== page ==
WARNING: The below 19th century strip contains racist imagery and language.
Continuing our African American History Month coverage, we present the circa 1870s fold-out comic strip Nebuchadnezzar Whoa, Sah!, published for Crescent Tobacco, by C.A. Jackson & Co. This giveaway comic, is one of many published in the 19th Century. While all types of products used such racist images to sell their goods, tobacco (and soap) companies could be particularly vile (we’ll see one of the worst examples I own, later this month). The story appearing here, is either ripped off from the 1873 popular humorous illustrated prose novel “Fred Douglass and His Mule”, by Bricktop; or possibly, both stories derive from a yet earlier tale (I don’t know). Both are likely inspired as parodies on the (very brief) Reconstruction-period policy of providing “40 acres and a mule” to freed slaves.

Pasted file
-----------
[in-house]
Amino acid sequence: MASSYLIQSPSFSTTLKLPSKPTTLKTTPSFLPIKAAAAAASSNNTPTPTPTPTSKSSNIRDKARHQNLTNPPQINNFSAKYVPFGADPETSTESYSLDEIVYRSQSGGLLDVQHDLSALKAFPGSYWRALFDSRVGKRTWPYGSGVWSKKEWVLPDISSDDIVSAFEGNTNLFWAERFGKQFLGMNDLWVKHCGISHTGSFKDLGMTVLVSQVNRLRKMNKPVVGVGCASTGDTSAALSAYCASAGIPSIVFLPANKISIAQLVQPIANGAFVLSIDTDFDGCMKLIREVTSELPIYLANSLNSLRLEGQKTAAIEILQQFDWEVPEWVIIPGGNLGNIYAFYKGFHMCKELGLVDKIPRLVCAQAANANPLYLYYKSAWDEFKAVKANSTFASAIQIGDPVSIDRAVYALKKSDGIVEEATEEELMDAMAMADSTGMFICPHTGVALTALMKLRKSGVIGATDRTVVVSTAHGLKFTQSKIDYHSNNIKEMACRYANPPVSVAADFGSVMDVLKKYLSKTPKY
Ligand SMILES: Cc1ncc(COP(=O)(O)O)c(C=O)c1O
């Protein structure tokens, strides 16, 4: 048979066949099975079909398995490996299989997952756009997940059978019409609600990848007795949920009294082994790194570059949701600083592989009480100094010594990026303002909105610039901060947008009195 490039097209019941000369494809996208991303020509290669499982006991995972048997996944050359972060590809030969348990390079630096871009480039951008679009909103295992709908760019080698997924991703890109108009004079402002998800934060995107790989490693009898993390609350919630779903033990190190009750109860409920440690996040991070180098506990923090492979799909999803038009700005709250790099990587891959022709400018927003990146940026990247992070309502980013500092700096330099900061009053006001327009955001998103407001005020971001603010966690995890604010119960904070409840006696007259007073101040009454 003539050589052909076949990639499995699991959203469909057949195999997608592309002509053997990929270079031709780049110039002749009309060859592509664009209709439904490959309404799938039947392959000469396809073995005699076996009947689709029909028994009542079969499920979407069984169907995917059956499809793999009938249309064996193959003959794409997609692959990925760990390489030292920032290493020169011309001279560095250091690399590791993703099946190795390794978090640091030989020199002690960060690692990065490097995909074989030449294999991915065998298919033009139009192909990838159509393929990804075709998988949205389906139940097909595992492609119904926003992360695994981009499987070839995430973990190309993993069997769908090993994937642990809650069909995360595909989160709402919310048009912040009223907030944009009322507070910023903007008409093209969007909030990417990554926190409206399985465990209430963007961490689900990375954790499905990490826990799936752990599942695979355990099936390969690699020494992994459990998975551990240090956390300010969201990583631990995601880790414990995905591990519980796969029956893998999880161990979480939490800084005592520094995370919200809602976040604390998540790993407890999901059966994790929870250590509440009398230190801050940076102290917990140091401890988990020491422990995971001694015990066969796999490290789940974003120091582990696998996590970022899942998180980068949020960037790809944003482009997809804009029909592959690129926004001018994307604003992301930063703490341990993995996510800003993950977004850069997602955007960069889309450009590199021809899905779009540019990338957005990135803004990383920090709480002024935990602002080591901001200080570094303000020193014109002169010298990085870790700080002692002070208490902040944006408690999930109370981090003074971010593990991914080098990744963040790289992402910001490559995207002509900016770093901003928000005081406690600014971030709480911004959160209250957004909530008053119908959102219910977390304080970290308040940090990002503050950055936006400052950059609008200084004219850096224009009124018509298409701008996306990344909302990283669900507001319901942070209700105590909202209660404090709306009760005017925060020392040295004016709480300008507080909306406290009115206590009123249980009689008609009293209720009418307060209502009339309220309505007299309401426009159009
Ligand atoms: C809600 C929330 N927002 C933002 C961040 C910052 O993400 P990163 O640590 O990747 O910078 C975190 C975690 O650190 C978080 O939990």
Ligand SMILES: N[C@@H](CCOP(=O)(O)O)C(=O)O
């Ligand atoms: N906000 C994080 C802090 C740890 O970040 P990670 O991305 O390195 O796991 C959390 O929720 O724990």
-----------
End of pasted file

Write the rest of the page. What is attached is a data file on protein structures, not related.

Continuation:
I would normally say “Enjoy!” at this point. But instead, I’ll just say, here’s the kind of material advertisers in the 1870′s used to sell their product.